2016年5月8日 星期日

出版發表會合照:NEW CHINESE POETRY ( Translated and Edited by Yu Kwang-chung 1960, USIS, Taiwan)

    http://taiwaninfo.nat.gov.tw/ct.asp?xItem=166420&ctNode=124 筆會
Translated and Edited
by Yu Kwang-chung

The Heritage Press, Taipei, 1960. 94 pp. NT$25
Reviewed by Nancy Chang Ing

At long last we are privileged to have an excellent English translation of modern Chinese poetry. The translator, Mr. Yu Kwang-chung, is a professor of English poetry at the Provincial Normal University and a Chinese poet himself, so that he not only has a complete command of the English language, but what is more important, he has a deep understanding and appreciation of poetry in both languages. "Understanding of poetry" does not mean merely the techniques of form and matter, but what is more essential, the feeling and moods of poetry. A good prose translation from one language into another is a laborious job but one that does not involve too much imagination. But poetry! How delicately it must be handled s6 as not to lose any of the original color, the innuendos in feeling, the author's initial emotion that created the poem in the first place. 
new chinese poetry p1
The cover design of the pocket-sized New Chinese Poetry is attractively simple and modern. The presentation of the material is interesting and easily readable. Mr. Yu's introduction deals capably with the background and trends of modern Chinese poetry. Even a lay reader who is not familiar with this phase of Chinese culture can obtain some insight and comprehension from this introduction in preparation for enjoyment of the book. The short biographical sketch preceding each collection serves to give the reader some knowledge of the author as a person, thus paving the way for a better understanding of his poetry.
To really appreciate these translations one should read the originals at the same time. Only then can the depth of Mr. Yu's sympathetic perception of the poetry be comprehended to the fullest extent.

The Dragon-Fountain Sword by Ruan Nang is like an abstract painting that has lost nothing of its original strength and appeal. Ya Hsuen's Afternoon in a Bar becomes even more lucid, more vivid in the translation:

"And here we conspire to murder
The paleness of a whole afternoon,
Trampling the Persian garden
On patterned porcelain bricks.
My friend spits the chestnut husks
On the face of a nameless princess.
And we swallow our chrysanthemum tea
(Never mind who gathered the leaves)
And puff at the faintness of cheap tobacco,
And exchange scandals of ladies we know,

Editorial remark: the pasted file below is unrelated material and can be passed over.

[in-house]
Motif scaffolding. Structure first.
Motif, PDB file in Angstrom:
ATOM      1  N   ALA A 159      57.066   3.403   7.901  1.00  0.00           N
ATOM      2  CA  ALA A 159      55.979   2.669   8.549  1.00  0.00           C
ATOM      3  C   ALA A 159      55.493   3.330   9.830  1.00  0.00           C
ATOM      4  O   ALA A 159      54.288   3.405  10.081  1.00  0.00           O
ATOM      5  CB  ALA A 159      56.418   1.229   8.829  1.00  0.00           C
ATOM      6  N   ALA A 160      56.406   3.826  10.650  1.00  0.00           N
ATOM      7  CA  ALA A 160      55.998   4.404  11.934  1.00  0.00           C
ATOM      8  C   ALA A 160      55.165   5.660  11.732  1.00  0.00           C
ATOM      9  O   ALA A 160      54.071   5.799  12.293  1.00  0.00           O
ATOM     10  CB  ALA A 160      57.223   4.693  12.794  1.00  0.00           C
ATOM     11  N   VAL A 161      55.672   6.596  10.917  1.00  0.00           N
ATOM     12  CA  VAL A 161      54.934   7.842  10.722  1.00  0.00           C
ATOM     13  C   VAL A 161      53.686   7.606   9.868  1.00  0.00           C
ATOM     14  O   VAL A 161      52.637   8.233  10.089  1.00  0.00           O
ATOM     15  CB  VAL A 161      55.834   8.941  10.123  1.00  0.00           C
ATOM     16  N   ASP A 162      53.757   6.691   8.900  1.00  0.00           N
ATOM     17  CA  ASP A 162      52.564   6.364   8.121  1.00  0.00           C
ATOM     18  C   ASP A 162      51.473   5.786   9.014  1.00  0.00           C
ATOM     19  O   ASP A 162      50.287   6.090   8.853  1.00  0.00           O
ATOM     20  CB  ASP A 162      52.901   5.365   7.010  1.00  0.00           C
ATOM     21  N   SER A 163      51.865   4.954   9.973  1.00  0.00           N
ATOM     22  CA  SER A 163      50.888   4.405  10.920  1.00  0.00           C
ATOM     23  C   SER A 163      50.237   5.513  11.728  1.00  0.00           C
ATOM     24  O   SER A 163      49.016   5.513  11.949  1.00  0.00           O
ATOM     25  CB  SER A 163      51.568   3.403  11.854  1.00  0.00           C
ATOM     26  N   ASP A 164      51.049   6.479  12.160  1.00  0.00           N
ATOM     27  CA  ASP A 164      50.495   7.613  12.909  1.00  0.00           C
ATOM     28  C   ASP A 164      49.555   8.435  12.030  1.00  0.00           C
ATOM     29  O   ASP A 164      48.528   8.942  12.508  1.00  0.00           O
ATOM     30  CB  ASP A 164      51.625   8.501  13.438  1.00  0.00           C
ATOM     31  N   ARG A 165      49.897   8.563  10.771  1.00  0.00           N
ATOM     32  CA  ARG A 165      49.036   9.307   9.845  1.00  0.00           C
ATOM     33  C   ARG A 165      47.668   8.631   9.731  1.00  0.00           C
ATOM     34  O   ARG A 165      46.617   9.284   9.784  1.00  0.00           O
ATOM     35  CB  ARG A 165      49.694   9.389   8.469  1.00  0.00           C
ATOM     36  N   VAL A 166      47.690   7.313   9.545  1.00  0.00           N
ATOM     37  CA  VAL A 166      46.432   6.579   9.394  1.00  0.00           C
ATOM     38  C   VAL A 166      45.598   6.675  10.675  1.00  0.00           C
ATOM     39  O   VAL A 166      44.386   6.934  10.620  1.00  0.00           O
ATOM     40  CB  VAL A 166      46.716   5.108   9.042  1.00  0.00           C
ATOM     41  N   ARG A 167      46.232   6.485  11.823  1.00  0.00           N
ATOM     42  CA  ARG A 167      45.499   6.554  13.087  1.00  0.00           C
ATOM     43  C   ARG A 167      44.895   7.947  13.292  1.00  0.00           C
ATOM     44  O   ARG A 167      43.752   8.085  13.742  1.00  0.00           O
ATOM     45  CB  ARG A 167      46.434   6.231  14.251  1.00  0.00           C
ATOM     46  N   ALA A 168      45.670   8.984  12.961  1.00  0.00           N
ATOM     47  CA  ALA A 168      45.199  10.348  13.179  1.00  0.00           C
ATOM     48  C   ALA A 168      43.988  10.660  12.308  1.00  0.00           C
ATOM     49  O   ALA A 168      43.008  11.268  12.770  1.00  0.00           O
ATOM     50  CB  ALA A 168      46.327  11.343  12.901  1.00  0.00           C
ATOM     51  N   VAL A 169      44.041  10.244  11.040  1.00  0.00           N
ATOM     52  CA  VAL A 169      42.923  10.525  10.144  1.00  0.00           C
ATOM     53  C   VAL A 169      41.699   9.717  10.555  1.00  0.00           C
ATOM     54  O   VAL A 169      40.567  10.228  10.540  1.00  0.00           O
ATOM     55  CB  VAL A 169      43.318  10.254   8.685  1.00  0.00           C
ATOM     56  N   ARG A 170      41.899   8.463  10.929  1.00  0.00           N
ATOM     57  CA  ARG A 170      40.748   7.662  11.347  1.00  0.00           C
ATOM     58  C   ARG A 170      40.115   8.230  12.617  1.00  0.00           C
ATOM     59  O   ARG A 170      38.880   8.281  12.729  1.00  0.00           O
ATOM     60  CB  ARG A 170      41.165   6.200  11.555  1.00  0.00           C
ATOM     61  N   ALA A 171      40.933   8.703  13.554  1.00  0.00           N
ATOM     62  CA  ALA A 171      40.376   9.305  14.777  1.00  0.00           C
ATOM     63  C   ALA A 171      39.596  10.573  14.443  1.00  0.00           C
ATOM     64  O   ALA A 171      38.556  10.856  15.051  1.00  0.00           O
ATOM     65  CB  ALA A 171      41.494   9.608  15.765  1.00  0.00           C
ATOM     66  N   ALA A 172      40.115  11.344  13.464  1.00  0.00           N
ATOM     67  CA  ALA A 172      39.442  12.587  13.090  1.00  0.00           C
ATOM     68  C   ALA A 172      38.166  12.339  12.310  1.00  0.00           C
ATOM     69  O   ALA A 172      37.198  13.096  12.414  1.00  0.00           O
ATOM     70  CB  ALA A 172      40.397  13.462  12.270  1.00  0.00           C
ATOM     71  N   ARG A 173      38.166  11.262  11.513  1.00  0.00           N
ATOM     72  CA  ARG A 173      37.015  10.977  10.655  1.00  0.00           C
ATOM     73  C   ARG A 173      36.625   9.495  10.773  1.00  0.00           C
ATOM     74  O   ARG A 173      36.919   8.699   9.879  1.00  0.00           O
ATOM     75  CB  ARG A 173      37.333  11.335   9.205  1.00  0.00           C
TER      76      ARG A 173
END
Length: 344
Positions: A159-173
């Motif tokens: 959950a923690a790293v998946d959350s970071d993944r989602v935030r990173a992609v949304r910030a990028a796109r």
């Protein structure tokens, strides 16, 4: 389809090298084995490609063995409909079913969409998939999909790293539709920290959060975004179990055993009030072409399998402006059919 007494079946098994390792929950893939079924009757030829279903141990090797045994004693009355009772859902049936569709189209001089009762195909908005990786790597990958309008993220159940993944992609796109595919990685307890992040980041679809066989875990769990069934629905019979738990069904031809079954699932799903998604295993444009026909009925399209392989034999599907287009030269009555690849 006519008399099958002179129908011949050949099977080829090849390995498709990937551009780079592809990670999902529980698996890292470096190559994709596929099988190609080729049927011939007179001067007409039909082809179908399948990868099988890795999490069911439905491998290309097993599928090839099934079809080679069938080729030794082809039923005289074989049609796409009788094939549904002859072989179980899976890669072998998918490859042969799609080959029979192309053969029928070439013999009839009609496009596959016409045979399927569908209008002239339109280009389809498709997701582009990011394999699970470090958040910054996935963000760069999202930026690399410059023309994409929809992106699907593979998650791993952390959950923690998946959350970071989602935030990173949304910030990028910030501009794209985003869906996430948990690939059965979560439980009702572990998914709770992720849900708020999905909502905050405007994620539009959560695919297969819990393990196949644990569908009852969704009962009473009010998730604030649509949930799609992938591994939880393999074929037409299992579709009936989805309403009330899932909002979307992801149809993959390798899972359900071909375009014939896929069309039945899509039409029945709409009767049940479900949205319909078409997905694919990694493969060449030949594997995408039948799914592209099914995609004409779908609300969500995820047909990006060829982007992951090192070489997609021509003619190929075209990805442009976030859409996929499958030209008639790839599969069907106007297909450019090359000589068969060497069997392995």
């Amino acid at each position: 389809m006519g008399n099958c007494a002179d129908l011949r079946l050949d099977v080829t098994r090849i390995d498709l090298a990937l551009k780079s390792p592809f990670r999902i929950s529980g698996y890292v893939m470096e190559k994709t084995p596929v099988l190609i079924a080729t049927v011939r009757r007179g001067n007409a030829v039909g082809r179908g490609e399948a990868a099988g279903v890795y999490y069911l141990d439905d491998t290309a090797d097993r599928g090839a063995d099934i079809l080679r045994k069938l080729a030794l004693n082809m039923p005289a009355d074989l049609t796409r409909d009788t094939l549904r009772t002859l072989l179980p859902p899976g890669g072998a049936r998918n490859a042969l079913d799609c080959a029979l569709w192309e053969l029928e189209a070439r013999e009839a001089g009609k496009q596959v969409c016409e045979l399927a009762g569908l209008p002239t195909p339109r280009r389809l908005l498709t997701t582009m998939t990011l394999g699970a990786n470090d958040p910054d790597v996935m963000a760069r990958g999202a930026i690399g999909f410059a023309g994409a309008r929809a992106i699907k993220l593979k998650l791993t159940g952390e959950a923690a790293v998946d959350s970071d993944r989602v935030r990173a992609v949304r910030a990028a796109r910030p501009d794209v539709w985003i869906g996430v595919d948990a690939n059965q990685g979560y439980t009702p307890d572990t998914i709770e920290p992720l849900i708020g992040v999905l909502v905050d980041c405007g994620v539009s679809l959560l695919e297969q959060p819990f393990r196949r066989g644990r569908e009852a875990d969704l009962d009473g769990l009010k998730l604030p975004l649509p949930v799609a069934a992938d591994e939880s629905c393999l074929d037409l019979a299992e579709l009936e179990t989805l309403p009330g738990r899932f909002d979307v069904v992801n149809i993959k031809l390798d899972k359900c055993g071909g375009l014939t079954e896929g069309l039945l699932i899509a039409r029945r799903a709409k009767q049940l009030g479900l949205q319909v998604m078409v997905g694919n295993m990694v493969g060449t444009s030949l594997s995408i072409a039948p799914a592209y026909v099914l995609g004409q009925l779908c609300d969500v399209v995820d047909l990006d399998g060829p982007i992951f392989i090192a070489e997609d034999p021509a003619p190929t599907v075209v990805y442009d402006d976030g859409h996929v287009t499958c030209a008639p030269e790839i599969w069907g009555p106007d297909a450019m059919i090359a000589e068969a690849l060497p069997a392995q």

Murdering all the paleness of this afternoon
And part of the paleness of tomorrow."
The vividness of the imagery and the atmosphere created here remind one of T. S. Eliot, one of the great moderns.

Then those lines:

"Stars fall on the grounds as I am falling Toward the east. Down on my hair, down on the grassland,

Like faded misunderstandings fall the stars to earth."
from Yeh Shan's A Posthumous Letter. Mr. Yu has translated literally without losing any of the original touch and yet he manages to achieve a distinctive charm of his own. This is indeed an achievement to be proud of.

In Hsia Ching's short poem, Noon, some rhyme is attempted, not stilted or affected but easy and natural:

"The sun has picked up all his shadows
The air its breath does hold.
A slumber seals the green cat's pupils
With nocturnal gold.
All are profound in dream: the world
Is in virgin repose.
At last a busy, buzzing bee
Retires into a rose."

I could go on quoting from many other poems in this collection but that might detract from the pleasure of reading the selections in their entirety.

New Chinese Poetry is indeed the first collection of its kind and the fact that it has been done by a Chinese scholar who is himself a recognized poet served to enhance its value and insure its prestige in the world of letters. Let us hope that his will truly serve to introduce the promising young writers of modern China to the western world and make them aware of the fact that our culture and literature did not end with the great poets of old China. In this respect, Mr. Yu has indeed performed a great service, to his fellow poets, but also to the literary world at large. May we have the pleasure of hearing more from him.

鄭愁予宇宙遊子終歸鄉| 兩岸.亮點人物| 人間福報
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左起鄭愁予、夏菁、羅家倫、鍾鼎文、覃子豪、胡適,立其後者為莊萊德大使、莊萊德夫人,立其後者為紀弦、羅門、余光中、余光中夫人(范我存)、蓉子,立其後者為楊牧、 ...

五月六日中山大學舉行盛大的紀念五四運動詩歌朗誦及研討活動, 並印製「五四動詩興」專刊, 刊頭下方為一多人合照之盛大場面, 計有胡適, 羅家倫, 覃子豪及美國駐華大使莊萊德夫人等十七人. 此一活動實為由美新處贊助之「NEW CHINESE POETRY」一書之出版發表會. . 多人問我為什么找不到我在其中, 連譯者余光中教授昨也悄悄問我. 我躲到那裡去了, 我說1960年你自美歸來, 我即於年底赴美去研讀最新電子科技, 臨行前你還為我送行, 此書出版的盛大場面新聞照登在大華晚報上, 你還寄到美國密西西比州給我, 這裡面當然不會有我. 他也才回憶到我在照片中缺席的原因. 附圖為余光中譯「英文中國現代詩」的書影.